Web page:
Bullying among children with learning disabilities
All children are at risk for being bullied or harassed, but studies show that children with LD, ADHD, and emotional/behavioral disorders are more likely than their peers to be bullied or become bullies themselves (Snyder, 2003; HRSA, 2007). Many parents and teachers of children with disabilities are well aware of the potential for in-class bullying of kids seen as different and make efforts to stop bullying before it starts; but what about bullying and harassment that teachers and parents don't see? With young people's increasing presence online, much of the inappropriate behavior, language, and material they may come in contact with is beyond the immediate view of parents, teachers, and guardians.
Preparing all students for safe interactions online is therefore important, and it is all the more critical to examine the special risks and concerns that students with disabilities face online. This Information Brief, prepared by the Center for Implementing Technology in Education, examines Internet safety issues for students with LD and ADHD and provides practical guidance for parents, teachers, and students seeking to navigate the brave new online world safely.
Special considerations for students with disabilities online
Though some research has shown that young people with disabilities are at a greater risk of being victims of bullying and harassment, there is little research about how these risks extend to online behavior. However, it is safe to assume that many of the same issues exist online as they do offline.
Many kids with LD, ADHD, and/or emotional/behavioral disorders struggle with social interactions and appropriate behavior. They may have difficulty reading social cues, regulating their behavior, determining the accuracy of information, or judging if someone is trustworthy. Because of these social challenges, kids with LD may be at a higher risk for bullying, harassment, and victimization when interacting with peers and adults online.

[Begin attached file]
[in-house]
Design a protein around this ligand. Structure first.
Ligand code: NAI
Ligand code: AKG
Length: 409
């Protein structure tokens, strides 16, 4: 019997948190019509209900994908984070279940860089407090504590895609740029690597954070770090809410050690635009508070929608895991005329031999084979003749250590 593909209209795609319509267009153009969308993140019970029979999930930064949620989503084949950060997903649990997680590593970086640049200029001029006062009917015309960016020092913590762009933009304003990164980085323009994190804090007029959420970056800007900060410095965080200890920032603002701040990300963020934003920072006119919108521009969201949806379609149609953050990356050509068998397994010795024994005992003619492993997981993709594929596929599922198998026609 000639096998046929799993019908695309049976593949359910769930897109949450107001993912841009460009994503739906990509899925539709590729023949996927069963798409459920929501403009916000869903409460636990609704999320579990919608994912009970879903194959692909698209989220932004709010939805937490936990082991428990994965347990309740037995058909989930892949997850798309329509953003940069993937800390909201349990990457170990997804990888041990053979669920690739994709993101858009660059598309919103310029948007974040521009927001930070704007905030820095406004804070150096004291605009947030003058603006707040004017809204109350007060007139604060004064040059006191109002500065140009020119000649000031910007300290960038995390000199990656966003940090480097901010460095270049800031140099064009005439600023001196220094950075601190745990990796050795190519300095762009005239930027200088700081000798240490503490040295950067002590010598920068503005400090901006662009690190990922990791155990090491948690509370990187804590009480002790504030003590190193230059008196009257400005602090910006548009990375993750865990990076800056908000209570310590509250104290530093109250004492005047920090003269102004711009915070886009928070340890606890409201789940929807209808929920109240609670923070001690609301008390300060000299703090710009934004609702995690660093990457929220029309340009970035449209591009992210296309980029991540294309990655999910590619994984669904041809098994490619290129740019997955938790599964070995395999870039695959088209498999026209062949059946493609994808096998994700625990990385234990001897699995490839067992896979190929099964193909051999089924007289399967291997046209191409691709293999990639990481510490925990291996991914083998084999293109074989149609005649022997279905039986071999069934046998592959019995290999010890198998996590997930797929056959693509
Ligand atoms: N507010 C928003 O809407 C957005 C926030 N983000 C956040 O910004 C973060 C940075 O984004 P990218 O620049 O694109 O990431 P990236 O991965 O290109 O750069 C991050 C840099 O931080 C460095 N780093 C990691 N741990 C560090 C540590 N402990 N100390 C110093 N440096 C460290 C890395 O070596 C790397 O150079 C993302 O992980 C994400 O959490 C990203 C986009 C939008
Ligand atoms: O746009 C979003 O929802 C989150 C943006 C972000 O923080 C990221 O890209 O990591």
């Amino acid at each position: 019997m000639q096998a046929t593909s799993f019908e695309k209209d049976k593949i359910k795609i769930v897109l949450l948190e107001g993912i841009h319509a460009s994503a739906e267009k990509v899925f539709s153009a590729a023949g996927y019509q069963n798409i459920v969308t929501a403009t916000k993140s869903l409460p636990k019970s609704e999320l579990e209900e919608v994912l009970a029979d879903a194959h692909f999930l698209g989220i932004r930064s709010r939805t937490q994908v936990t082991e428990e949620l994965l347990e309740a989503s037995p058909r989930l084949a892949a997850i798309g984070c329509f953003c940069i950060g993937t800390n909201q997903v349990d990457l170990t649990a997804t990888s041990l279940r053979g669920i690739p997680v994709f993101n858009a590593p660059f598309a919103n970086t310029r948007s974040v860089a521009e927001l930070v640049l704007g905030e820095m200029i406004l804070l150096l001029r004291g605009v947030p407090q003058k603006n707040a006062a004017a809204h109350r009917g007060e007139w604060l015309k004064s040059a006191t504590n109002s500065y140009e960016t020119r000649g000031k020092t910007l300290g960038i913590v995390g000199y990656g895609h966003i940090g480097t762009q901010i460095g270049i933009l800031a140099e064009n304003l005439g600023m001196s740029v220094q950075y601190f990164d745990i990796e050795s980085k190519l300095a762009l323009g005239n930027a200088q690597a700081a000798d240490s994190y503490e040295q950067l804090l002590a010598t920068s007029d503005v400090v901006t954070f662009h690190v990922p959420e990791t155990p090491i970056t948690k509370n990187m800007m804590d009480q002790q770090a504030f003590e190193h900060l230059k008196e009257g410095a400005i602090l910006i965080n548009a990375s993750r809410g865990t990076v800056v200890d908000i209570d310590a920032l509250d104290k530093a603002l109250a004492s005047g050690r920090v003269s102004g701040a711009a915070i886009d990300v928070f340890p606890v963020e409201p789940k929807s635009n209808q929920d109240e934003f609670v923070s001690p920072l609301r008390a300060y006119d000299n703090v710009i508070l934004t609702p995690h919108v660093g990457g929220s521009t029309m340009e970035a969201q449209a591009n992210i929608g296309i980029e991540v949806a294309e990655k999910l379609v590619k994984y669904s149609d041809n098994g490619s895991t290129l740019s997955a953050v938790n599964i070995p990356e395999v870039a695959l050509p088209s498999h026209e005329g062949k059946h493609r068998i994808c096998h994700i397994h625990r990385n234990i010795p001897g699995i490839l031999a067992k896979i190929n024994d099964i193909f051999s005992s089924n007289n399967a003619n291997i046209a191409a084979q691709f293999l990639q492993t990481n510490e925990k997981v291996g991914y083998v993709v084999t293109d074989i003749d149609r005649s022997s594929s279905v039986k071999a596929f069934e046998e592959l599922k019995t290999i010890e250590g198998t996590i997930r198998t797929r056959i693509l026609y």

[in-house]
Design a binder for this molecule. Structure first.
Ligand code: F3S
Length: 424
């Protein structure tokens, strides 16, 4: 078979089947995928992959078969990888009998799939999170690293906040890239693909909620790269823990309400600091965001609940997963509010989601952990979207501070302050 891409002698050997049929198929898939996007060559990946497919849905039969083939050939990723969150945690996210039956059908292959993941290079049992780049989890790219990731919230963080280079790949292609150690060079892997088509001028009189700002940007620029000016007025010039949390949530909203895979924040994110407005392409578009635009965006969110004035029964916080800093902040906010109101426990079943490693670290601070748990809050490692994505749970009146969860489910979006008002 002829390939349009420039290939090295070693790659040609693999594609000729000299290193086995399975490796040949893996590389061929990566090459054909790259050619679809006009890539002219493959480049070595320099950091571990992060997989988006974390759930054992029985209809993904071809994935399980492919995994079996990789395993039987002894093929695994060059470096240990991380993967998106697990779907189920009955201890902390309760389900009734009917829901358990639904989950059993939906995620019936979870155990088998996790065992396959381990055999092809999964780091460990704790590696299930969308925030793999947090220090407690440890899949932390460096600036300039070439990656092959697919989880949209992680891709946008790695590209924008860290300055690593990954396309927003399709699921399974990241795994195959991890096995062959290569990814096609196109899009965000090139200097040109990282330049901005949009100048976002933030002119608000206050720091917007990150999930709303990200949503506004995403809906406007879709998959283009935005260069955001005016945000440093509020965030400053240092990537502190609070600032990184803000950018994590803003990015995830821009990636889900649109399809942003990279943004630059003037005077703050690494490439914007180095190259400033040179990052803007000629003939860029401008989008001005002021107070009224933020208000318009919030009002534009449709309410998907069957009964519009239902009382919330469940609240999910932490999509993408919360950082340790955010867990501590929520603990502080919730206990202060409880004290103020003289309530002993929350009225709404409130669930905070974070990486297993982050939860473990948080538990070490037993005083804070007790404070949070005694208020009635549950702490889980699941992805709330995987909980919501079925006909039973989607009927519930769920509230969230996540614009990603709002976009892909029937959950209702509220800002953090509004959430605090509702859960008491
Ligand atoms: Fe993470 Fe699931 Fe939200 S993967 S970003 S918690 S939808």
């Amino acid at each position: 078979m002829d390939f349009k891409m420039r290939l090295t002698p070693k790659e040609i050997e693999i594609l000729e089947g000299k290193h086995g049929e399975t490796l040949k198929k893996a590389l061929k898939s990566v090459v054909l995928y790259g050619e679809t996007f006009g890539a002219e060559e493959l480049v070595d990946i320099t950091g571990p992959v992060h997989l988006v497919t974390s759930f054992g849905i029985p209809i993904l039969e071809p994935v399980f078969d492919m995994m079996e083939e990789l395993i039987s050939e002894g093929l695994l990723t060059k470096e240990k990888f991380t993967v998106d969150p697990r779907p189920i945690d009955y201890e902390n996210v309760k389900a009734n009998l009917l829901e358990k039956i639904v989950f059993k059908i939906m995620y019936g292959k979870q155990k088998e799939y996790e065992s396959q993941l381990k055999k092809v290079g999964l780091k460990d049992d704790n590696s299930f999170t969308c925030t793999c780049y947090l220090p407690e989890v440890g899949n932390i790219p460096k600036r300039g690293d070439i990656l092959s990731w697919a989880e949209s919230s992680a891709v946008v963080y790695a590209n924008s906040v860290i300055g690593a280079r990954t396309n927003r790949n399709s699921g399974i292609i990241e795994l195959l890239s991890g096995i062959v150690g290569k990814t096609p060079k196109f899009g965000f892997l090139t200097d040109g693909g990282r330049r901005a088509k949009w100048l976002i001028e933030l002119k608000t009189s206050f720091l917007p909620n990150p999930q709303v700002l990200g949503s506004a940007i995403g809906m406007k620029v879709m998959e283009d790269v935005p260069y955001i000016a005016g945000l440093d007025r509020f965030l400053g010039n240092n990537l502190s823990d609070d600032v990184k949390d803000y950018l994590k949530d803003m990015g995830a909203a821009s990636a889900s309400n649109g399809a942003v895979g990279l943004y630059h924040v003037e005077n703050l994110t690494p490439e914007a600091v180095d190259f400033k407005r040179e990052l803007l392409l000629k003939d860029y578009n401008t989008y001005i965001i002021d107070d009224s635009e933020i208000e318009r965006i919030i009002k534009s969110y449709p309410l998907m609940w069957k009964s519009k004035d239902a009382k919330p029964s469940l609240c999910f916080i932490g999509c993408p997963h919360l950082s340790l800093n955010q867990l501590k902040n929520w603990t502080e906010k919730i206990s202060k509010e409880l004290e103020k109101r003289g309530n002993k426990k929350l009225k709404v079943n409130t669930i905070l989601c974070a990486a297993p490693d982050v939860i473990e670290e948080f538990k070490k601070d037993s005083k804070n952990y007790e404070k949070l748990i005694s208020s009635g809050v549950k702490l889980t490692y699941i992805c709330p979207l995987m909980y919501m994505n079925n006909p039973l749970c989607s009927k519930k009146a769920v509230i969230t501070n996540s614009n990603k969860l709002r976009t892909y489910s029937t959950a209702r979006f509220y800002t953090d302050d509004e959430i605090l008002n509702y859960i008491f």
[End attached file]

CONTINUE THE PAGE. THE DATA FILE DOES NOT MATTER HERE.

Social interactions are complex; the social skills needed for basic conversations are different than those needed for resolving conflicts and determining appropriate behavior in social situations. For example, basic social skills include the ability to maintain eye contact, understand facial expressions, and recognize appropriate personal space (Canney & Byrne, 2006; Waltz, 1999). Participating in more complex social situations, on the other hand, requires interaction (resolving conflicts, taking turns, interacting with authority figures), affective skills (identifying feelings, understanding the feelings of others, recognizing whether someone is to be trusted), and cognitive social skills (making choices, self-monitoring, understanding community norms).
These skills, which are certainly important in face-to-face communication, are essential to healthy and safe online interactions as well. This places children who have difficulties with complex social skills at a potentially higher risk for dangers online. For example, a student who is challenged by making appropriate choices or recognizing strangers' trustworthiness may more easily become an online victim of a sexual predator, an email phishing scheme, or cyberbullying.